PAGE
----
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Virtues Are Habits by Kim Reisman

Scripture Focus:

[God] will judge everyone according to what they have done. He will give eternal life to those who keep on doing good, seeking after the glory and honor and immortality that God offers. But he will pour out his anger and wrath on those who live for themselves, who refuse to obey the truth and instead live lives of wickedness.

Romans 2:6-8


Thomas Aquinas was one of the great champions of developing the virtues in our moral life. He described the two sides of virtue: power and habit. We’ve discussed power, now we turn to the idea of habit.

A habit is the fruit of repetition. The more we repeat a certain act, the more it becomes ingrained in us to do it; so that eventually we do it without even thinking about it. Human beings are creatures of habit. If you don’t believe this, take note of your morning and nighttime preparations. Do you do the same things or is each time different? How do you put your clothes on each morning? Do you put the same leg into your pants first every time?

My husband and son are wonderful case studies of habits. Before my husband, John, retired, he had an apple and a cup of coffee each morning before work, rain or shine. During the week, unless there was something special going on, he ate a turkey sandwich for lunch. He’s done these things for as long as I can remember. Not surprisingly, my son takes after his father. When he was young, it was crucial that Nathan wake up at 7:00am each school day. He didn’t need to leave for school until 8:00am and it only took him about 15 minutes to eat and get dressed, but if he overslept, it was not a good thing. I remember one day when he needed help with a knotted soccer cleat, and when John began to help him get it on, he said, “I don’t like putting this shoe on first. Do the other one first.”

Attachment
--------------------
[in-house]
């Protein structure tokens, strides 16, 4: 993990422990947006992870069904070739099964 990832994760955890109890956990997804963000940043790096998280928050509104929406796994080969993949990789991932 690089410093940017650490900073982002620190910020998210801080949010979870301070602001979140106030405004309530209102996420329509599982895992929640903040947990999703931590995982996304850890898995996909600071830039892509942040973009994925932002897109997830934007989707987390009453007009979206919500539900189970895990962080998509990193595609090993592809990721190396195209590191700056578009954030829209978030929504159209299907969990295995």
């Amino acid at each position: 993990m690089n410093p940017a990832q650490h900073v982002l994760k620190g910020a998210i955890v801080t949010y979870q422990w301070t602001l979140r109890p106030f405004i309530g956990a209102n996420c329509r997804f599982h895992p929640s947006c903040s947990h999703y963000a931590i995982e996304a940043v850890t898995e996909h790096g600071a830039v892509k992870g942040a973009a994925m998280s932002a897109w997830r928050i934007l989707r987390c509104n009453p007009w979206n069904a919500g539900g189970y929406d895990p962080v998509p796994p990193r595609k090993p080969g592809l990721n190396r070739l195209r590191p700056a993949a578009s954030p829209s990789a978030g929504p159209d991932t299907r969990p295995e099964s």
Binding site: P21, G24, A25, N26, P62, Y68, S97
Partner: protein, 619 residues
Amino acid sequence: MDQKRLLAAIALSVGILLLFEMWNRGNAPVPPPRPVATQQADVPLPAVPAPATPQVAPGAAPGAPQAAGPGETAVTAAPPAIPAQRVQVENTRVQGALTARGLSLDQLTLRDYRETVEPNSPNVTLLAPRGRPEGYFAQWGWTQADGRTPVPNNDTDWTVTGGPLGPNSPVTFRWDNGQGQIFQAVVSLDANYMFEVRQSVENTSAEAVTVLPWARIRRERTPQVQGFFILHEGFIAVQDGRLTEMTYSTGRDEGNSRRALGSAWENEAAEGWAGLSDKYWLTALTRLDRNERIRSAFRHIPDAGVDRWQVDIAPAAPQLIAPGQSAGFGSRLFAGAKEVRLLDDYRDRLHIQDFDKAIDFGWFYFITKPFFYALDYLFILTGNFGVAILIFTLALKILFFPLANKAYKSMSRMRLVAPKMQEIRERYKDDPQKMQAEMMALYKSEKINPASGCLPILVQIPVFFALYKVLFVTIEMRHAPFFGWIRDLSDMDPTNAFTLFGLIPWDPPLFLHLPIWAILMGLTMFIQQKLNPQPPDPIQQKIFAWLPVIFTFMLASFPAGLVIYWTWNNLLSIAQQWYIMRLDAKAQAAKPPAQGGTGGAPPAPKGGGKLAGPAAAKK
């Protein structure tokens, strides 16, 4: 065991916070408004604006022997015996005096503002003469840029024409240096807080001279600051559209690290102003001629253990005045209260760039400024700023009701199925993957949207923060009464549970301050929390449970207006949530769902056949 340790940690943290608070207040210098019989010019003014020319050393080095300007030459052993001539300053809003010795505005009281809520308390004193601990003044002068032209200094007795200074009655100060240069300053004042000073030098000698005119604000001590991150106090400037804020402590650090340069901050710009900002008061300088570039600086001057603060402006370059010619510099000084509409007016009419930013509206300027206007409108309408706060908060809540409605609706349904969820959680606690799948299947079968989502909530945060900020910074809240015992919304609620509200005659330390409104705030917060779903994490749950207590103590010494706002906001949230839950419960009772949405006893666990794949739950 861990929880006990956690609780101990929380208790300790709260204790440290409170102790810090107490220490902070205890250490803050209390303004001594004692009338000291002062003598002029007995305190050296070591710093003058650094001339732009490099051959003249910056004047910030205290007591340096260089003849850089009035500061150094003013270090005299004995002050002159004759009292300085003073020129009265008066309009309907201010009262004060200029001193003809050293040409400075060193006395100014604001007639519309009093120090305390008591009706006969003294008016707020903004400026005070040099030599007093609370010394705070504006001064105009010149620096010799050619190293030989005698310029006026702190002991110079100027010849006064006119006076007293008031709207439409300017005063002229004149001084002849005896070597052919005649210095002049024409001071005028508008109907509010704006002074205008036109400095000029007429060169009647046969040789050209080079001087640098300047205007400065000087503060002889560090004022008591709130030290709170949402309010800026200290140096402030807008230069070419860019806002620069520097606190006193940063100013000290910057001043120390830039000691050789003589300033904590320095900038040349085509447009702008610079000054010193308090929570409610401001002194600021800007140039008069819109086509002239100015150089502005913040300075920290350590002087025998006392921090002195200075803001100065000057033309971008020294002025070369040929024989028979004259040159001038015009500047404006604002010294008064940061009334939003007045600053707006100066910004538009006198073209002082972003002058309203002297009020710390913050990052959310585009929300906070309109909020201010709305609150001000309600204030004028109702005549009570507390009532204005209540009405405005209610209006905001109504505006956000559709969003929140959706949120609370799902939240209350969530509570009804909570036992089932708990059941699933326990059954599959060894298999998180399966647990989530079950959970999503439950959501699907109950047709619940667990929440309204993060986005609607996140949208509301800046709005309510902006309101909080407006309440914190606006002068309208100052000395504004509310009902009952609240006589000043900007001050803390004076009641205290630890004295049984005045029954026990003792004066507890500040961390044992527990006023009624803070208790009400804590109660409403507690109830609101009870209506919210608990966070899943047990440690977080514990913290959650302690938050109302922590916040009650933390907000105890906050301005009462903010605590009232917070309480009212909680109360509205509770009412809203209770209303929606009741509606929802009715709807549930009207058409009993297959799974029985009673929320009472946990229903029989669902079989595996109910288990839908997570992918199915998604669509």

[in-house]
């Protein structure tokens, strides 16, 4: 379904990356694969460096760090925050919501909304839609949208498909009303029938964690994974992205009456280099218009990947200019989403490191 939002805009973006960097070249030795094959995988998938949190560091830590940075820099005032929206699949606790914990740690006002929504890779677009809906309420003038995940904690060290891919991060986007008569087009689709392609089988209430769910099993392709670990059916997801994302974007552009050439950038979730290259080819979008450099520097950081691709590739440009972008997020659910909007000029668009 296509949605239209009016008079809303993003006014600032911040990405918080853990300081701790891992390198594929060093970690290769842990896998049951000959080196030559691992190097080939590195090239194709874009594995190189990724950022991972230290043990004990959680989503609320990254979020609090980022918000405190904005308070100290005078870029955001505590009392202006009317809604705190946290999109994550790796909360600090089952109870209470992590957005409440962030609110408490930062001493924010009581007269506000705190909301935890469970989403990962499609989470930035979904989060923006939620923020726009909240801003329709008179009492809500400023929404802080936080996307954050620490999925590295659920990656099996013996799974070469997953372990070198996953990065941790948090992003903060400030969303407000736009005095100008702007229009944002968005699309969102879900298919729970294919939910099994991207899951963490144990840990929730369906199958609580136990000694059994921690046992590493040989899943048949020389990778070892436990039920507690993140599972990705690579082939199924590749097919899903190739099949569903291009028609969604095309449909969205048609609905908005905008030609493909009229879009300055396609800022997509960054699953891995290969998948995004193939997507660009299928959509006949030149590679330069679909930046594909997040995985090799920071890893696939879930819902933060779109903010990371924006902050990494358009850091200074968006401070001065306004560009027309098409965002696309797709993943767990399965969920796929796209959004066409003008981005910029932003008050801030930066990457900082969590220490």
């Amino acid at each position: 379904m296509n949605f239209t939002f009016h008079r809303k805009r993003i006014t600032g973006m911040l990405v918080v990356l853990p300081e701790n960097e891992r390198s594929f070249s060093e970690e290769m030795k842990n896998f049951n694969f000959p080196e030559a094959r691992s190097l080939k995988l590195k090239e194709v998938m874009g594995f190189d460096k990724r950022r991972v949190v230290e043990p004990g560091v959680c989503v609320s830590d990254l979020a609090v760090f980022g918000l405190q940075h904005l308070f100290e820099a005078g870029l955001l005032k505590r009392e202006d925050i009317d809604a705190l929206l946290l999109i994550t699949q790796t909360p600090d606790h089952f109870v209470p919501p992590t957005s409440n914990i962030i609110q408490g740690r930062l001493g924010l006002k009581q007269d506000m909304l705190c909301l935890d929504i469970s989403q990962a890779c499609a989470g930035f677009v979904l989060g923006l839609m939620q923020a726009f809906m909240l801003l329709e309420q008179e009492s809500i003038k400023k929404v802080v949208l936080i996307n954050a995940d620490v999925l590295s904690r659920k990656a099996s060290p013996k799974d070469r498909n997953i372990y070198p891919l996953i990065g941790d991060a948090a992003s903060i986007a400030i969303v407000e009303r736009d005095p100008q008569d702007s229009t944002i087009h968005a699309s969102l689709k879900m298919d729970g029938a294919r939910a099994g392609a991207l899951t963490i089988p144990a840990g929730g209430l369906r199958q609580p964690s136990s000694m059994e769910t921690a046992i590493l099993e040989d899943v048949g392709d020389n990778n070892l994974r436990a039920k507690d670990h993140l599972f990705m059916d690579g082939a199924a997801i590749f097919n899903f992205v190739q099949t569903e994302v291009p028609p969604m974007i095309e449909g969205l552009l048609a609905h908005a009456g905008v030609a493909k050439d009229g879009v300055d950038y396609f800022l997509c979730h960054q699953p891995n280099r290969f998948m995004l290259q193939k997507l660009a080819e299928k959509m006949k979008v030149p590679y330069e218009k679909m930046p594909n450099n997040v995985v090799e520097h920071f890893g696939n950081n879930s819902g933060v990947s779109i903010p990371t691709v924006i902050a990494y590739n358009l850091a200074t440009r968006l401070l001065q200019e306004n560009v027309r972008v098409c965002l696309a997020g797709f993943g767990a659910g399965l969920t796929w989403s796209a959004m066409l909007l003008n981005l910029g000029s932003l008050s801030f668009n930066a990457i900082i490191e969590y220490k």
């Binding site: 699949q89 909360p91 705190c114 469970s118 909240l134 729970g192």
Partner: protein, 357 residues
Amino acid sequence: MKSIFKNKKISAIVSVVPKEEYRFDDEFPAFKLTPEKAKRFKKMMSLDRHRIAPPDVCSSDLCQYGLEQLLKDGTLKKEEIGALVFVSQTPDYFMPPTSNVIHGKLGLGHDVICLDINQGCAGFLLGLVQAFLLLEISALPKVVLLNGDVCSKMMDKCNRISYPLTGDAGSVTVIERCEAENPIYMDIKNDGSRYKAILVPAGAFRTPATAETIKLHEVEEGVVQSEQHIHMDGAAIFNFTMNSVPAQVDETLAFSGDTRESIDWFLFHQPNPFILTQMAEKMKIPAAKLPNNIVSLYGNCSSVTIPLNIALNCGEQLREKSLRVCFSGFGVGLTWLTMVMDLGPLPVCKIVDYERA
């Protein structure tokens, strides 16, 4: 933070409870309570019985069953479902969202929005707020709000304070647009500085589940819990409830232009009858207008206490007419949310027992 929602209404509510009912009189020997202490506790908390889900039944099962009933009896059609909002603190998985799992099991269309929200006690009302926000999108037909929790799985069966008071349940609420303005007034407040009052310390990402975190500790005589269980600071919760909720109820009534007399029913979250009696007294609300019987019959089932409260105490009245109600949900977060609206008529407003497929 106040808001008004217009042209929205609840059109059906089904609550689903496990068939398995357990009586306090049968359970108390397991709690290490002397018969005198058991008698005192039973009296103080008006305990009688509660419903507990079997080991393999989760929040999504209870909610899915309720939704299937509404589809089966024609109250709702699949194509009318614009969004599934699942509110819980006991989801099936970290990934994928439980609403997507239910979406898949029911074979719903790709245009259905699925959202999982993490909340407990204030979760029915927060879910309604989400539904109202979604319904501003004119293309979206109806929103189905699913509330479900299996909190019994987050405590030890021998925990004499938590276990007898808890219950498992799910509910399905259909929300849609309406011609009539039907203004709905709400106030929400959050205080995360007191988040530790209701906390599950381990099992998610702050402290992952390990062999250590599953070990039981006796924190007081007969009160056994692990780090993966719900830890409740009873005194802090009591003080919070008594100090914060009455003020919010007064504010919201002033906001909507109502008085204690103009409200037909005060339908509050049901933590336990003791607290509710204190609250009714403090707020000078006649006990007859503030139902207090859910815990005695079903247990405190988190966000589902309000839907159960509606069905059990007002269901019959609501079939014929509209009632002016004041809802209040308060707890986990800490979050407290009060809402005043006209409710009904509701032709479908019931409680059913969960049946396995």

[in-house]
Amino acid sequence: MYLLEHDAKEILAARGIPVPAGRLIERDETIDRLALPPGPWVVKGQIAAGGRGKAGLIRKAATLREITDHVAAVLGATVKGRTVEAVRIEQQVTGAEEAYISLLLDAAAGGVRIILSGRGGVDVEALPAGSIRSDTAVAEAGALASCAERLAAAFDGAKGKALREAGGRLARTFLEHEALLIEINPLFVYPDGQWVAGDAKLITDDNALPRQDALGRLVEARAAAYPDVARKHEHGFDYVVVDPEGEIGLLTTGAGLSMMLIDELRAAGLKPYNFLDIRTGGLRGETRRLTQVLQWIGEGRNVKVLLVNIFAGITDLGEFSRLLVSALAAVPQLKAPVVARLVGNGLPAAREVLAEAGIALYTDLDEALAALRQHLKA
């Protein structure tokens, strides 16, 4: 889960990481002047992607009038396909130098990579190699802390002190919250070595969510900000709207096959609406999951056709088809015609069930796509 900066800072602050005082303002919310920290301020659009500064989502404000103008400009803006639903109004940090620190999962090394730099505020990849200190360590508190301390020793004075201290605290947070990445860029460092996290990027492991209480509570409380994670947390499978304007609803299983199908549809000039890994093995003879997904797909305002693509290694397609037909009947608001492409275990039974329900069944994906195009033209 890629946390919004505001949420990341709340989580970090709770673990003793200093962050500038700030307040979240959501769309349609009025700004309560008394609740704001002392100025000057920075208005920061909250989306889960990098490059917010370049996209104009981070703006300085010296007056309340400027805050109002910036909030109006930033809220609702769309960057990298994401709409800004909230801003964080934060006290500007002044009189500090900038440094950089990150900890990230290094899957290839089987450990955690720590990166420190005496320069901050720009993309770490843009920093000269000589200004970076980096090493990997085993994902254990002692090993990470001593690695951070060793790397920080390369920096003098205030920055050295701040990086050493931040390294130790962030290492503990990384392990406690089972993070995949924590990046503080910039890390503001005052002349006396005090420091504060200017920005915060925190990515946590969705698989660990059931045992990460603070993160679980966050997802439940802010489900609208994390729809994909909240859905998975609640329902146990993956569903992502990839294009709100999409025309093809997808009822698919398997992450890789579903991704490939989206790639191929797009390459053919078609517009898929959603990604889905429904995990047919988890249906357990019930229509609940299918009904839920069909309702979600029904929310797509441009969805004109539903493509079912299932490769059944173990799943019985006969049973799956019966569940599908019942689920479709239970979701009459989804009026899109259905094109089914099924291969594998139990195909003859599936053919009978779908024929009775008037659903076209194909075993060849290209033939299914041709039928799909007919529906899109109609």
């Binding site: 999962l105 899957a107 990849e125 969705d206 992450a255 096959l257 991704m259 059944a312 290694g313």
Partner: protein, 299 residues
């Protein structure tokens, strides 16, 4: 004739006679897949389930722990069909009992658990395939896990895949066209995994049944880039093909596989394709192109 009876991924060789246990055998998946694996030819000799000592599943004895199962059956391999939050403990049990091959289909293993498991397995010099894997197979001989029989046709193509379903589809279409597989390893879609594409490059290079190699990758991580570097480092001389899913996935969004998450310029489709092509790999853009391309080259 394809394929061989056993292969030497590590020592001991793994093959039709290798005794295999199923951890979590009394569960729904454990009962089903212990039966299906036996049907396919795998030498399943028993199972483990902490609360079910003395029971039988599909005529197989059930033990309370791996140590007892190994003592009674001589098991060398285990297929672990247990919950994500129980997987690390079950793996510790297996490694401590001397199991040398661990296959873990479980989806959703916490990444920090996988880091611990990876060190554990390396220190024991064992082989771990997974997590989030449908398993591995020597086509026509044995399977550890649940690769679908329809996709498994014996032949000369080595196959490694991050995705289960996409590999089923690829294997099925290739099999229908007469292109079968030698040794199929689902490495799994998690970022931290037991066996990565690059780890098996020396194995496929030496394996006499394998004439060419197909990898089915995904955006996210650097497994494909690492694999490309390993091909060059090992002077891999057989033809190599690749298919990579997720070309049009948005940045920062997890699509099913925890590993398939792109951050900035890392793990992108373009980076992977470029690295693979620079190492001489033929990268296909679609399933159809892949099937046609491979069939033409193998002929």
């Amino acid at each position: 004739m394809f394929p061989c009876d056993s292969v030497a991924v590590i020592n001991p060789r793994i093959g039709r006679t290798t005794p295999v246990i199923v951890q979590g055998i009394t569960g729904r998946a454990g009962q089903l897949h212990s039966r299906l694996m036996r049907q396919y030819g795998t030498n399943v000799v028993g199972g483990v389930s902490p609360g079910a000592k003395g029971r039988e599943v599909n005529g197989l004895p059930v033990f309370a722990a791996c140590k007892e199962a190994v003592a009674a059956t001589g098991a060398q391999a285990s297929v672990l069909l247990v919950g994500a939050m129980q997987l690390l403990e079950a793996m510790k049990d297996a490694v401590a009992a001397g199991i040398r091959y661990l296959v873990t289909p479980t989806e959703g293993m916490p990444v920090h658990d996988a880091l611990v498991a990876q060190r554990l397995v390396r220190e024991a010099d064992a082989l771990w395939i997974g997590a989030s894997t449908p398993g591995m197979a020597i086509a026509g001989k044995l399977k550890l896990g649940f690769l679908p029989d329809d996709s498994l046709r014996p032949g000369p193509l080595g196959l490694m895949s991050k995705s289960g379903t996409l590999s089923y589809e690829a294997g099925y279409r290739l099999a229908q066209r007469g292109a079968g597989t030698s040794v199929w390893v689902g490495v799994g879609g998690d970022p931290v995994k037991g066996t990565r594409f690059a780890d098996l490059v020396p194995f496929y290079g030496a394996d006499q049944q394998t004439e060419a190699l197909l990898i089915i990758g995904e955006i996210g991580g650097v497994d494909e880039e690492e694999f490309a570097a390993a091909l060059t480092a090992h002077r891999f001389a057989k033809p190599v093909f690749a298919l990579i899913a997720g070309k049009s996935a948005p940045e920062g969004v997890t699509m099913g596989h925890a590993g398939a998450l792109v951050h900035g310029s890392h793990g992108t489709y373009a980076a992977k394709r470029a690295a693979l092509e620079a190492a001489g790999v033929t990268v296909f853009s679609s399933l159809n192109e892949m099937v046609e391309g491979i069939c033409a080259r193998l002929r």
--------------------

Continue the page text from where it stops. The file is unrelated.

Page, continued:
Predictability, routine. We may chuckle at our idiosyncrasies, but our habits can provide us with a sense of security and stability. When they’re healthy and not compulsive, our habits can help to bring order and efficiency to our lives. Like all habits, good and bad, virtues develop through repetition and exercise. While God’s power in the virtues is essential, it won’t be effective in our lives unless we’re able to channel that power through disciplined practice. Moral development is much like a runner in training. God may have blessed the runner with the talent and power to run, but he or she won’t be able to compete successfully without hours of dedicated and rigorous practice.

Our use of the virtues is the same. We have the power from God but we won’t be successful unless we devote ourselves to diligent rehearsal. Developing our moral selves, then, is a day-by-day, step-by-step process of determination. It often involves making hard choices and following “the road less traveled.” In order to strengthen our characters, and move toward the good selves God created us to be, we need both the power of God’s grace in the virtues, and our own disciplined exercise of them. When we experience this combination, we encounter the possibility of the habits of virtue becoming second nature, moving us every closer to our created nature.